Because everyone in the group was so strong-willed, it took us weeks to decide on a name and theme for our “club.”  We ended up being The Lightning Club.  They thought it was a cool name; I thought it was prophetic.  What made this group so appealing?  I loved their honesty most of all.  Everything was out in the open, including their disputes and struggles in class and at home.  They would tell me that our role-playing had no effect at all on their classroom behavior.  In their respective classrooms, and with each other, they were social outcasts.  They had been at the same school since kindergarten and had grown to dislike one another as much as other kids disliked them.  When we started The Lightning Club, none of them would pick anyone else to be a partner, citing numerous old grudges and the “disgusting” behavior of their fellow Clubbers.lightning-bolt

I started us off with games.  I could only manage two games or groups at a time, because there were so many conflicts.  Everyone memorized “Play fair, Take turns, and Say nice things” pretty quickly.  The kids used checklists to monitor themselves, although they much preferred to monitor everyone else.  “Winning and Losing” was another challenge.  I would ask, “Do you want to win or do you want friends?”  The answer was “I want to win at all costs,” but I could identify with them, easily being the most competitive of all.  They rather enjoyed smearing me in games.

We worked our way through basic skills, spitting out “nice” words to each on command.  I videotaped everything and we watched edited versions, which they enjoyed a great deal.  We role-played a skill (which was nicely done in practice), then I set them loose and refereed the semi-chaos.  We laughed a lot, because I did let them demonstrate how NOT to make friends.  They were experts at NOT making friends, so we had plenty of fun with those skits.

We’d been together about a month when I initiated our altruistic phase.  I wanted them to experience the satisfaction of helping others.  Their suggestions?  All variations of me buying them stuff.  Ultimately, they decided to record a series of self-created puppet shows on social skills for younger kids.  I had dramatically described the difficulties these younger kids were having, so my wild group was quite eager to set the little ones on the right course.  The puppet shows were challenging.  Lightning Clubbers had to agree on a theme, fight over the more desirable puppets, and take turns being the bossy director.  I kept reminding them of our purpose, to help these poor little kids who had no friends.  It was a worthwhile project for a couple of reasons.  Their practice was more authentic than it had been when rehearsing for themselves and the videos were actually engaging to younger kids.

By winter break, The Lightning Club coalesced into a real community.  We settled into a natural rhythm of activities, often suggested by the kids, with opportunities to role-play, critique videotapes, and work through conflicts between group members.  Kids no longer had to be forced to think of positive comments for others.  Yes, there were days when keeping everyone separated was my best strategy.  Like a large family, we laughed and struggled together.  We had parties to celebrate almost everything.  When the kids decided to make gifts for one another, I felt like a contented mother hen with a brood of spunky chicks.

I wish I could say that the rest of their school year was as successful.  On the last day of school (a half day, at that), most of my group had been transported to me for an impromptu “session,” booted out of their rooms for disruptive behavior.  Their presence was bittersweet under the circumstances, but I was thrilled they could spend their last few hours at school under my wings.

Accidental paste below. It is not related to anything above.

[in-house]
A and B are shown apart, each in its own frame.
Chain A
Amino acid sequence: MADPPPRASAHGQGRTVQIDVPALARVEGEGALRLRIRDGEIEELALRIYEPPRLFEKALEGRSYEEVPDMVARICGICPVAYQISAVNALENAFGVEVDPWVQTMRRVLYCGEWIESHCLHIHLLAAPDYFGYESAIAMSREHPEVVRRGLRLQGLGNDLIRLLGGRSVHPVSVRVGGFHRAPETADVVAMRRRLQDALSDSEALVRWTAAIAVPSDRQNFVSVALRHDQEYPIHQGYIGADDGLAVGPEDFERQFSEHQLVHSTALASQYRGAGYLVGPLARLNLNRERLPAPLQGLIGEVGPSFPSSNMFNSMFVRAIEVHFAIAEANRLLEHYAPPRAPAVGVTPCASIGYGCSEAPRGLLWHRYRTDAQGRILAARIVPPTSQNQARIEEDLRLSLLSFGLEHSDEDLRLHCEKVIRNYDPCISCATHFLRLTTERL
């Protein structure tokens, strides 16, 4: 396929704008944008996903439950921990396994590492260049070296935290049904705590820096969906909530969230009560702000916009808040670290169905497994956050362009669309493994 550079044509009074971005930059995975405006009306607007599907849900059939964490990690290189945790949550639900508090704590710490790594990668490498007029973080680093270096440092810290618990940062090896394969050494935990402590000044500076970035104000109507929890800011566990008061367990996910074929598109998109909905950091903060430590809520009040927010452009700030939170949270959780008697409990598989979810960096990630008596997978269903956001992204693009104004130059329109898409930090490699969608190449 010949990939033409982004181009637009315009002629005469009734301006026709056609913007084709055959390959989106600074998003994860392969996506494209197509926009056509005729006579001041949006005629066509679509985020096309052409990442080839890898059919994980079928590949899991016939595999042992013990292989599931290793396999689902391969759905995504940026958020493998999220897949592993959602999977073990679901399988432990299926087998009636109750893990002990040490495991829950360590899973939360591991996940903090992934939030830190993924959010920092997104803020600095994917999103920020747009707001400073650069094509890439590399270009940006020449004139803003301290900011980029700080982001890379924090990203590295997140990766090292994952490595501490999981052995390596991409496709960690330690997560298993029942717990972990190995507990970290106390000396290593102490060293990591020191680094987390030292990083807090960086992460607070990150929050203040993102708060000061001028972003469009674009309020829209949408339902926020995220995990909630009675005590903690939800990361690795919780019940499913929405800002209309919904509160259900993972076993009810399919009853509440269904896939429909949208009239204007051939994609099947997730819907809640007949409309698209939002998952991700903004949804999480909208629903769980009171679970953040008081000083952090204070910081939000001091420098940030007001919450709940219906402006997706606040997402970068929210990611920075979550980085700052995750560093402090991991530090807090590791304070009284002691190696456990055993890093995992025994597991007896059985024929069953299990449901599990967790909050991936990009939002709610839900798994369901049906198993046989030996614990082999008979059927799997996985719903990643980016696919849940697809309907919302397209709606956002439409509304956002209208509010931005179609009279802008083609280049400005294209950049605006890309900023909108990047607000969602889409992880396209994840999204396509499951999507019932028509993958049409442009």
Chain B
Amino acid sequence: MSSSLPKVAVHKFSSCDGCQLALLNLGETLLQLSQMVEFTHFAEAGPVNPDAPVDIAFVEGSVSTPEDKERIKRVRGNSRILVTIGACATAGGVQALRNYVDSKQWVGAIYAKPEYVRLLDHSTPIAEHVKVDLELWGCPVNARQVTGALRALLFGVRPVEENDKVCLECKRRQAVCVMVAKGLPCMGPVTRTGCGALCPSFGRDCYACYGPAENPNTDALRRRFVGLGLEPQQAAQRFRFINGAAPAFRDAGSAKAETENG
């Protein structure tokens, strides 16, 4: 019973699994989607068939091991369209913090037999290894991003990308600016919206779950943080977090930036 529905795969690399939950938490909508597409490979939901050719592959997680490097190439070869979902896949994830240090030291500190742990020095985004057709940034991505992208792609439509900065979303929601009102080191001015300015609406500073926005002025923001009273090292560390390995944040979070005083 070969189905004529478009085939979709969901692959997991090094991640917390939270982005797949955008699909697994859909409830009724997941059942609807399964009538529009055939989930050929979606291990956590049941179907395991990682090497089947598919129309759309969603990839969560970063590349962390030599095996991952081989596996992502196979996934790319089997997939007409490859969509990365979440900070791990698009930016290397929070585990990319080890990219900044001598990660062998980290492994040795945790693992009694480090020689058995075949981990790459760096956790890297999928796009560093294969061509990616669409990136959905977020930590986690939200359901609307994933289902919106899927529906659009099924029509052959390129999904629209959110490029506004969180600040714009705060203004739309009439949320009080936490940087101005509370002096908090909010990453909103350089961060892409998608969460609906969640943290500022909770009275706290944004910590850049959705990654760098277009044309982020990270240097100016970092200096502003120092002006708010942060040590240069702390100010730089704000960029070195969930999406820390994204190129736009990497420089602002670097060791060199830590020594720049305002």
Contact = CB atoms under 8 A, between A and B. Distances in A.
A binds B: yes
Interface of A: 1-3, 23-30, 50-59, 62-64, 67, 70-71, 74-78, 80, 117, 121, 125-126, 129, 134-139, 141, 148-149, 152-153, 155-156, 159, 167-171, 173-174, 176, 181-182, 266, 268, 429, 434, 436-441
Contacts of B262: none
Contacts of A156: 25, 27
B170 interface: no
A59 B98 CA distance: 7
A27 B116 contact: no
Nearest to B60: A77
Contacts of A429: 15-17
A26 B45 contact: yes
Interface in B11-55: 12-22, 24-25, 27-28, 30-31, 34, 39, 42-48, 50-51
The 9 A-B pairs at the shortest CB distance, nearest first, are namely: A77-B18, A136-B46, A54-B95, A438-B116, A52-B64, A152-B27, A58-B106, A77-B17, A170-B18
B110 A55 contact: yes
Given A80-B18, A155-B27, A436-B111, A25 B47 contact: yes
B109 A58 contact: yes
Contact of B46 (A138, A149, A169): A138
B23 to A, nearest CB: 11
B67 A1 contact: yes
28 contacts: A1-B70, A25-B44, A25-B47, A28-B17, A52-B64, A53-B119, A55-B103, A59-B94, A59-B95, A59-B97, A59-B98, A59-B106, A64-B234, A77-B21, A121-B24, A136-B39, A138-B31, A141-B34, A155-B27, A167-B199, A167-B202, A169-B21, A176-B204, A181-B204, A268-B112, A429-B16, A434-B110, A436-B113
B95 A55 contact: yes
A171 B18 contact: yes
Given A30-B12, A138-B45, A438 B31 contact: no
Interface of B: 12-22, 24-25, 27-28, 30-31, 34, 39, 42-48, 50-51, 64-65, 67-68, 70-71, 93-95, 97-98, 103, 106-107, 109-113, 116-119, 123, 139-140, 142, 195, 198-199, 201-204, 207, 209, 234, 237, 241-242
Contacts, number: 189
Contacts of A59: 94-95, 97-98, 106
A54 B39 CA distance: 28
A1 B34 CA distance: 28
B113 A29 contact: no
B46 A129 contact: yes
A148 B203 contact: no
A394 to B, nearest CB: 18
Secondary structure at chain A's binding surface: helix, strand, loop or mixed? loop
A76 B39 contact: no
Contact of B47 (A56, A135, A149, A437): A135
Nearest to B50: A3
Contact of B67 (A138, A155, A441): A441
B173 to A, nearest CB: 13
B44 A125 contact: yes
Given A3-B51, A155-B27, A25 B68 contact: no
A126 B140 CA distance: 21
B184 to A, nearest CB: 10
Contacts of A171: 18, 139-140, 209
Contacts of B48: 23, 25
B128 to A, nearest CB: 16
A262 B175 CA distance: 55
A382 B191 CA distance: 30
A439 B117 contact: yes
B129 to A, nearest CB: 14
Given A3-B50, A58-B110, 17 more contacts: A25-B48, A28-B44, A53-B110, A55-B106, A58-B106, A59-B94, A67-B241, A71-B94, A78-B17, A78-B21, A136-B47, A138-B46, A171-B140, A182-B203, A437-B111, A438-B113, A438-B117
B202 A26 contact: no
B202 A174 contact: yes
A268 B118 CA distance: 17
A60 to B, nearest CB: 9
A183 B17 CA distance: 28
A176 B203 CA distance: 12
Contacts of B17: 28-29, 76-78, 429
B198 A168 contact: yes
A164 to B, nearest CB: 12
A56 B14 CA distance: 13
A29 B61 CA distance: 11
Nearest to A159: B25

* Christopher and me: not so fast

I’ve been sharing my efforts to help my nephew, Christopher, a kiddo on the autism spectrum (aka, A Sweet Dude).  He has a reading profile similar to many ASD kids I’ve taught: tremendous word recognition and fluency with weak vocabulary and comprehension.  Christopher entered 4th grade this year (having been retained once already) with a 2+ year discrepancy between word recognition and comprehension.  His reading performance was recently assessed at school and voilà!  Christopher has gained more than a year’s growth in reading since we began our sessions!  

But before we break out the champagne, let’s examine the data provided by the school. Christopher has a “scale score” of 142 and the cut-off is 139; his score is even above his district average for third graders.  But a scale score on what?  It’s likely to be an mClass assessment called TRC, which uses the Fountas and Pinnel reading levels.  How is the parent supposed to know?  How could a parent advocate for their child on the basis of this information?  There is not a single clear reference to the test, which has now successfully removed “the retained reading label.”  Well, that’s a relief!  A second relief is that Christopher “will now remain with [his] current classroom teacher and take the 4th grade EOGs at the end of the year.”  That’s good news/bad news?

I do know that Christopher has made marvelous progress in reading, so why my sarcasm?  In 2012, North Carolina initiated the Read to Achieve program designed to reduce social promotion of students not reading at grade level by third grade.  Statistically, if kids aren’t proficient by then, they are at risk for school drop out.  But the devil’s in the details.  And you wouldn’t believe the details.  Here’s a link to those details, which are amazingly convoluted even to me- and I’m familiar with the convoluted world of education.  In an Op-Ed piece published by the News and Observer in June, 2015, a teacher is quoted as saying, “It is a dark day to be a third grade teacher in North Carolina.”  The writers, Robert Smith and Scott Imig, take NC to task for the unintended effects of Read to Achieve, such as high rates of anxiety among third graders and teacher ratings of strong negative effects on reading.